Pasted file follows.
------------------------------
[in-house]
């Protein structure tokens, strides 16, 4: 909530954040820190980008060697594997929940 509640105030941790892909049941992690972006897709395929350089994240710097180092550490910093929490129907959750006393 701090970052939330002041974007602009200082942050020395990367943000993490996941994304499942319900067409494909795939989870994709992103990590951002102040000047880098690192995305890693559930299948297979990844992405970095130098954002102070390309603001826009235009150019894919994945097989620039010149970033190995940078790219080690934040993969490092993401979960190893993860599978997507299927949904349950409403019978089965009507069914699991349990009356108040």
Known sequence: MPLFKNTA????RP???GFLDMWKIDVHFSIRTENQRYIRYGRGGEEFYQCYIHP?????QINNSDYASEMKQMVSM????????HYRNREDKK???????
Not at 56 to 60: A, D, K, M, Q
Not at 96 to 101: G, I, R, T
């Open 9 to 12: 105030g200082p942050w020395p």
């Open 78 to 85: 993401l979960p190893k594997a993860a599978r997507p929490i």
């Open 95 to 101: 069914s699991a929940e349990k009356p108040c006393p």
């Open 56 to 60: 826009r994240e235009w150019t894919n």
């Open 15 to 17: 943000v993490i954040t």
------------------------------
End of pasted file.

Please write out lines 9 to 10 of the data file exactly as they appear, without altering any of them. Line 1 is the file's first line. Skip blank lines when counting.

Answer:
């Open 56 to 60: 826009r994240e235009w150019t894919n």
């Open 15 to 17: 943000v993490i954040t």